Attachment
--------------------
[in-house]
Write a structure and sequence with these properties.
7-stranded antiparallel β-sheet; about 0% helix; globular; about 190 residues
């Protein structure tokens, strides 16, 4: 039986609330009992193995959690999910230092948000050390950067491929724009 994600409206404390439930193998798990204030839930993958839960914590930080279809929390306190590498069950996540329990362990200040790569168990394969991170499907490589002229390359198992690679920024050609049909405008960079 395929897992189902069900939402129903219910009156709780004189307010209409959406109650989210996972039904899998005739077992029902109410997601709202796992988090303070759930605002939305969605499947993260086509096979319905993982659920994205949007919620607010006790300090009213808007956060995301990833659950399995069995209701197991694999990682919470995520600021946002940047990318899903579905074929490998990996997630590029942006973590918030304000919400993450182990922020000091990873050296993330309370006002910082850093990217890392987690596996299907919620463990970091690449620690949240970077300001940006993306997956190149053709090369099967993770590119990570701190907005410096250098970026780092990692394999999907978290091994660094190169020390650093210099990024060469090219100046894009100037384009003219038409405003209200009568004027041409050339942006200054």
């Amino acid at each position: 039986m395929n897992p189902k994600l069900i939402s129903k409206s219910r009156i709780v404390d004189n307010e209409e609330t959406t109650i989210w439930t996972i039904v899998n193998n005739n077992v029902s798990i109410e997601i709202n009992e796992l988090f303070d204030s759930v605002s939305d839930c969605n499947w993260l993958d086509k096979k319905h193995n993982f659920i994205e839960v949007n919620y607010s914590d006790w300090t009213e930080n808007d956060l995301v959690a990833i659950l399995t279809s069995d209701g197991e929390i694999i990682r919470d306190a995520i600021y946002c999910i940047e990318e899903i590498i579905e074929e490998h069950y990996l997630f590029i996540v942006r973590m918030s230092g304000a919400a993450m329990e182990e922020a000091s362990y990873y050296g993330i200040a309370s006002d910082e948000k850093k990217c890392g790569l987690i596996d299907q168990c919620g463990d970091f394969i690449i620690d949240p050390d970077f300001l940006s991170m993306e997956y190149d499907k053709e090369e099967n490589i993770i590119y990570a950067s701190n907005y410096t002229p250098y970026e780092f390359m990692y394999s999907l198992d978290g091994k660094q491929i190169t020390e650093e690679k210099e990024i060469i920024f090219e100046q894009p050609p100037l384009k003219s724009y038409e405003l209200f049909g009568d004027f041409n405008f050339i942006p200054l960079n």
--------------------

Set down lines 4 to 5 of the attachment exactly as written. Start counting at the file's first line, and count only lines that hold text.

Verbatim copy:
């Protein structure tokens, strides 16, 4: 039986609330009992193995959690999910230092948000050390950067491929724009 994600409206404390439930193998798990204030839930993958839960914590930080279809929390306190590498069950996540329990362990200040790569168990394969991170499907490589002229390359198992690679920024050609049909405008960079 395929897992189902069900939402129903219910009156709780004189307010209409959406109650989210996972039904899998005739077992029902109410997601709202796992988090303070759930605002939305969605499947993260086509096979319905993982659920994205949007919620607010006790300090009213808007956060995301990833659950399995069995209701197991694999990682919470995520600021946002940047990318899903579905074929490998990996997630590029942006973590918030304000919400993450182990922020000091990873050296993330309370006002910082850093990217890392987690596996299907919620463990970091690449620690949240970077300001940006993306997956190149053709090369099967993770590119990570701190907005410096250098970026780092990692394999999907978290091994660094190169020390650093210099990024060469090219100046894009100037384009003219038409405003209200009568004027041409050339942006200054």
């Amino acid at each position: 039986m395929n897992p189902k994600l069900i939402s129903k409206s219910r009156i709780v404390d004189n307010e209409e609330t959406t109650i989210w439930t996972i039904v899998n193998n005739n077992v029902s798990i109410e997601i709202n009992e796992l988090f303070d204030s759930v605002s939305d839930c969605n499947w993260l993958d086509k096979k319905h193995n993982f659920i994205e839960v949007n919620y607010s914590d006790w300090t009213e930080n808007d956060l995301v959690a990833i659950l399995t279809s069995d209701g197991e929390i694999i990682r919470d306190a995520i600021y946002c999910i940047e990318e899903i590498i579905e074929e490998h069950y990996l997630f590029i996540v942006r973590m918030s230092g304000a919400a993450m329990e182990e922020a000091s362990y990873y050296g993330i200040a309370s006002d910082e948000k850093k990217c890392g790569l987690i596996d299907q168990c919620g463990d970091f394969i690449i620690d949240p050390d970077f300001l940006s991170m993306e997956y190149d499907k053709e090369e099967n490589i993770i590119y990570a950067s701190n907005y410096t002229p250098y970026e780092f390359m990692y394999s999907l198992d978290g091994k660094q491929i190169t020390e650093e690679k210099e990024i060469i920024f090219e100046q894009p050609p100037l384009k003219s724009y038409e405003l209200f049909g009568d004027f041409n405008f050339i942006p200054l960079n």